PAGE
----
Affordable child-care program providing relief for families amid rising cost of living
The goal is to lower child-care costs to $10 per day across the country
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Michelle Peters-Jones has only worked part time for the last nine years. In the face of expensive daycare options in Edmonton, it never made financial sense to work full time and have a bill for five days of child care.
But now, after the new affordable child-care program began in Alberta at the beginning of the year, she's accepted a full-time job. And instead of paying $800 for three days of child care, she's now paying $500 for five days.
"It's not just about the money for me, honestly, it's about following dreams, restarting my career," she said.
"We'll definitely be spending money on improving our house, for example, paying down our mortgage, [and] making sure the kids have more activities to choose from, which we couldn't actually afford on our budget."
Ontario only province yet to negotiate deal
The cost of living is rising across the country, although for many parents with young kids, the new program is providing major financial relief.
The federal government launched the $30 billion program last year and signed agreements with most provinces and territories. The goal is to drive down the cost of child care to just $10 a day, per child, nationwide.
Of all the provinces and territories, only Ontario has yet to negotiate a deal with the federal government. It's a sizeable omission considering the province's population. In January, Premier Doug Ford said a deal was very close, but last month his education minister Stephen Lecce said it may take some time before an agreement is reached.
"It's a huge game-changer. This is something we've been looking forward to for a long time," said Cheryl Crowther, assistant director with Child Development Dayhomes in Calgary.
The agency manages 170 dayhomes caring for 700 children in the Calgary area. Staff are regularly working 13-hour days since the beginning of January because of all the administrative work involved with the new program, she said.
Still, despite the extra workload so far, Crowther said she knows there is an opportunity to expand the business.
"There's been a huge influx of calls both from families as well as dayhome providers that want to become licensed. So, we've had to create wait-lists because we can't keep up," she said.
The Quebec case study
Quebec launched its own affordable child-care program in 1997. At the time, business groups were apprehensive about the cost.
Within a decade, the program resulted in an estimated 70,000 Quebec mothers joining the workforce and raised the province's annual GDP by the equivalent of about $3.9 billion, according to one study.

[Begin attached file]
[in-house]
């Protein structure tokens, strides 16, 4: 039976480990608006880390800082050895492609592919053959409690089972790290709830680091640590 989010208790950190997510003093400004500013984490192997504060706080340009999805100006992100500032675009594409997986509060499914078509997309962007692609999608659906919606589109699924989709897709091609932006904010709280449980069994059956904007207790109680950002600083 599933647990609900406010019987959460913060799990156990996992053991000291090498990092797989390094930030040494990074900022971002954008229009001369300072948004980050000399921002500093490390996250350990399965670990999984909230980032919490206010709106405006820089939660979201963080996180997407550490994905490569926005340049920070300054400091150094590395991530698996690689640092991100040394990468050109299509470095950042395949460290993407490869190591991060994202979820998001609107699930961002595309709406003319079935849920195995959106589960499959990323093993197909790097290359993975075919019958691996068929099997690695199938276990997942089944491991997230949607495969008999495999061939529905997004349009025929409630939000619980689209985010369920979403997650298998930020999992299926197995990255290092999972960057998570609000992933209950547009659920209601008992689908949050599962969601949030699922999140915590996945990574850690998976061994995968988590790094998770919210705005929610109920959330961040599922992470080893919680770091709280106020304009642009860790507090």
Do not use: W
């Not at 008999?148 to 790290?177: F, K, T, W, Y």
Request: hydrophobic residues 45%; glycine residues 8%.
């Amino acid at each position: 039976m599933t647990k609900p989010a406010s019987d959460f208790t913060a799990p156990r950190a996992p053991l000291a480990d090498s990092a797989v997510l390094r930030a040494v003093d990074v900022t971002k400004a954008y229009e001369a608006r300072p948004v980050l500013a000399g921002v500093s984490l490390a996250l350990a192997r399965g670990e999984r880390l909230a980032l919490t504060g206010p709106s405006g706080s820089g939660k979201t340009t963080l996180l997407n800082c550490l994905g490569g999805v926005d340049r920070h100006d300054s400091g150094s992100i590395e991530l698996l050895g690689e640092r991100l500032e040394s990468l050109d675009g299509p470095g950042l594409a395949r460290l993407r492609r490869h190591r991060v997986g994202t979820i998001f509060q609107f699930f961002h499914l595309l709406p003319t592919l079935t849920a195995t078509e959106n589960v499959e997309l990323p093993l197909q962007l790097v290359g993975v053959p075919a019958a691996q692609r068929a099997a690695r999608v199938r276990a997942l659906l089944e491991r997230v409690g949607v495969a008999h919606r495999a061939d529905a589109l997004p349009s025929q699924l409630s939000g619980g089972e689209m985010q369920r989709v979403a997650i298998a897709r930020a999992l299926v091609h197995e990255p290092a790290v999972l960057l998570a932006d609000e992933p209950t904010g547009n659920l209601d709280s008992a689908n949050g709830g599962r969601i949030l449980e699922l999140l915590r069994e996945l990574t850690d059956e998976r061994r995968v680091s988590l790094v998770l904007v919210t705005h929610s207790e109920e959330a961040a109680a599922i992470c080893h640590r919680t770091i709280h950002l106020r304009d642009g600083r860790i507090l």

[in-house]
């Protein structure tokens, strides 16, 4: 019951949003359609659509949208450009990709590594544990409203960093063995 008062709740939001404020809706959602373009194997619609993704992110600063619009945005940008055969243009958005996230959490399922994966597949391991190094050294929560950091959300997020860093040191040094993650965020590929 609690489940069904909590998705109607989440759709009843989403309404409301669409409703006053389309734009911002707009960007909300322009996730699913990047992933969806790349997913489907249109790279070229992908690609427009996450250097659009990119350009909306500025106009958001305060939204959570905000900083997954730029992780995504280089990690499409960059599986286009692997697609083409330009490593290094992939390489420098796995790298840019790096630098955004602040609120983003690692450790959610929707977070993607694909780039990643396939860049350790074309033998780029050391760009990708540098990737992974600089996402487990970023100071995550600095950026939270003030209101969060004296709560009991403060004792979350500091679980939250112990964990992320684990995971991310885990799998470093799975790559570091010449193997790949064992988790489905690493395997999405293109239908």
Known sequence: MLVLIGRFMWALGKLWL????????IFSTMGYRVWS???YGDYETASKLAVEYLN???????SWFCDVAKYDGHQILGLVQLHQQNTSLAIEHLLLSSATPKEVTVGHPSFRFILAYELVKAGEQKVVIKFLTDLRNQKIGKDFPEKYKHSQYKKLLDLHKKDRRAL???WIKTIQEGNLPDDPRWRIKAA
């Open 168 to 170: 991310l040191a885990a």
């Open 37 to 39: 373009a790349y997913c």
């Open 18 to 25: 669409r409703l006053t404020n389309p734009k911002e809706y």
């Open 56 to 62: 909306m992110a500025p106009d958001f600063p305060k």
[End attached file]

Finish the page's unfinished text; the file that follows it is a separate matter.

On the issue of how many women with young children were in the workforce, Quebec went from a laggard to a leader.
"This is the highest worldwide, on par with Swedish women and Swiss women," said Pierre Fortin, emeritus professor of economics at the Université du Québec à Montréal.
In 2016, child-care subsidies cost the province about $2.5 billion. More women in the workforce has boosted government revenue to offset the expenses, Fortin said.
"The system has been paying for itself. There's been no need for additional taxes to finance the system," he said.
Many business groups in other provinces are supportive of affordable child-care programs, largely because of the economic impacts of Quebec's system.
At a time when many industries are struggling to find enough workers, there is an opportunity to boost the workforce with more women.
In Alberta, for instance, about 80 per cent of married women (with an employed spouse) who do not have children are a part of the labour force. For those with kids and whose youngest child is between the ages of three and five, the rate drops to 74 per cent. When the youngest is less than three years old, just 67 per cent are part of the workforce.
In a 2018 speech, then-Bank of Canada Governor Stephen Poloz pointed to Quebec's subsidized child-care program as a possible tool to boost the entire economy because it could significantly raise female workforce participation across the country.
He credited that program for increasing prime-age (ages 25 to 54)) female workforce participation in Quebec from 74 per cent 20 years ago to about 87 per cent in 2018.
In comparison, he said about 83 per cent of women in that same age group participated in the national workforce in 2018.
The Quebec program has been characterized as being a victim of its success as there are long wait-lists to access the centres de la petite enfance (CPE) — publicly subsidized, nonprofit child-care centres.
The federal government's program aims to boost the number of child-care spaces and staff, although it could take several years to achieve.
Beyond the funding commitment, some in the sector say there needs to be a workforce strategy to ensure those who join the industry have a foundational knowledge in early child development.
With files from the CBC's Gillian Wheatley